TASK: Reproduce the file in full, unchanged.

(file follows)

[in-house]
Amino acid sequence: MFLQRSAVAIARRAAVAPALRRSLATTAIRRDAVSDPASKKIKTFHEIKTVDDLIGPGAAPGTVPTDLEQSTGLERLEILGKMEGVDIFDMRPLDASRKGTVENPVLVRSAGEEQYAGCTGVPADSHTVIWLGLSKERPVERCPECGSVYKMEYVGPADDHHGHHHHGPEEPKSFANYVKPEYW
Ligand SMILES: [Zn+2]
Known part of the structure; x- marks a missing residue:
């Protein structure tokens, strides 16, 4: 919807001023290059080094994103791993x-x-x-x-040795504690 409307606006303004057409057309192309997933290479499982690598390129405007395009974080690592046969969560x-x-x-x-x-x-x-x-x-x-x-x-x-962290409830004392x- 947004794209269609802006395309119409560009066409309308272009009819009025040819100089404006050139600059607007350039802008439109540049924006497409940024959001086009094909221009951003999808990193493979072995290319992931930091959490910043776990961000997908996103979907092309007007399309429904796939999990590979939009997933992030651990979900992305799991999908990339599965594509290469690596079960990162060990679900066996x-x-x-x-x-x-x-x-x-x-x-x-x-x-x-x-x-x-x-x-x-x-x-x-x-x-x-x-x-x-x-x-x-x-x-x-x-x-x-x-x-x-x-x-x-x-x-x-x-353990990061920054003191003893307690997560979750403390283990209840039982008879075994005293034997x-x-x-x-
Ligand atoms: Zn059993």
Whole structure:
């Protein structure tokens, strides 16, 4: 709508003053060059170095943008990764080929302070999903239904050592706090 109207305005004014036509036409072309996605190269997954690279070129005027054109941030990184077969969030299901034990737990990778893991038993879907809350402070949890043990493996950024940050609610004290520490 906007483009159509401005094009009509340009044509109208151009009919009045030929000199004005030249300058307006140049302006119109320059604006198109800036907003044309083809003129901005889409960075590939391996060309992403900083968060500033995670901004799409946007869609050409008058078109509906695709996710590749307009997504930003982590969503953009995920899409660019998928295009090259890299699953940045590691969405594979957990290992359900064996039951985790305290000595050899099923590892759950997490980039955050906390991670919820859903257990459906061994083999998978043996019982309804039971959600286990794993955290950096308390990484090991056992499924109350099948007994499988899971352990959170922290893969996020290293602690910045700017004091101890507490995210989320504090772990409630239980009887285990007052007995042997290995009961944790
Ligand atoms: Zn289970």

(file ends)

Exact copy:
[in-house]
Amino acid sequence: MFLQRSAVAIARRAAVAPALRRSLATTAIRRDAVSDPASKKIKTFHEIKTVDDLIGPGAAPGTVPTDLEQSTGLERLEILGKMEGVDIFDMRPLDASRKGTVENPVLVRSAGEEQYAGCTGVPADSHTVIWLGLSKERPVERCPECGSVYKMEYVGPADDHHGHHHHGPEEPKSFANYVKPEYW
Ligand SMILES: [Zn+2]
Known part of the structure; x- marks a missing residue:
């Protein structure tokens, strides 16, 4: 919807001023290059080094994103791993x-x-x-x-040795504690 409307606006303004057409057309192309997933290479499982690598390129405007395009974080690592046969969560x-x-x-x-x-x-x-x-x-x-x-x-x-962290409830004392x- 947004794209269609802006395309119409560009066409309308272009009819009025040819100089404006050139600059607007350039802008439109540049924006497409940024959001086009094909221009951003999808990193493979072995290319992931930091959490910043776990961000997908996103979907092309007007399309429904796939999990590979939009997933992030651990979900992305799991999908990339599965594509290469690596079960990162060990679900066996x-x-x-x-x-x-x-x-x-x-x-x-x-x-x-x-x-x-x-x-x-x-x-x-x-x-x-x-x-x-x-x-x-x-x-x-x-x-x-x-x-x-x-x-x-x-x-x-x-353990990061920054003191003893307690997560979750403390283990209840039982008879075994005293034997x-x-x-x-
Ligand atoms: Zn059993």
Whole structure:
């Protein structure tokens, strides 16, 4: 709508003053060059170095943008990764080929302070999903239904050592706090 109207305005004014036509036409072309996605190269997954690279070129005027054109941030990184077969969030299901034990737990990778893991038993879907809350402070949890043990493996950024940050609610004290520490 906007483009159509401005094009009509340009044509109208151009009919009045030929000199004005030249300058307006140049302006119109320059604006198109800036907003044309083809003129901005889409960075590939391996060309992403900083968060500033995670901004799409946007869609050409008058078109509906695709996710590749307009997504930003982590969503953009995920899409660019998928295009090259890299699953940045590691969405594979957990290992359900064996039951985790305290000595050899099923590892759950997490980039955050906390991670919820859903257990459906061994083999998978043996019982309804039971959600286990794993955290950096308390990484090991056992499924109350099948007994499988899971352990959170922290893969996020290293602690910045700017004091101890507490995210989320504090772990409630239980009887285990007052007995042997290995009961944790
Ligand atoms: Zn289970």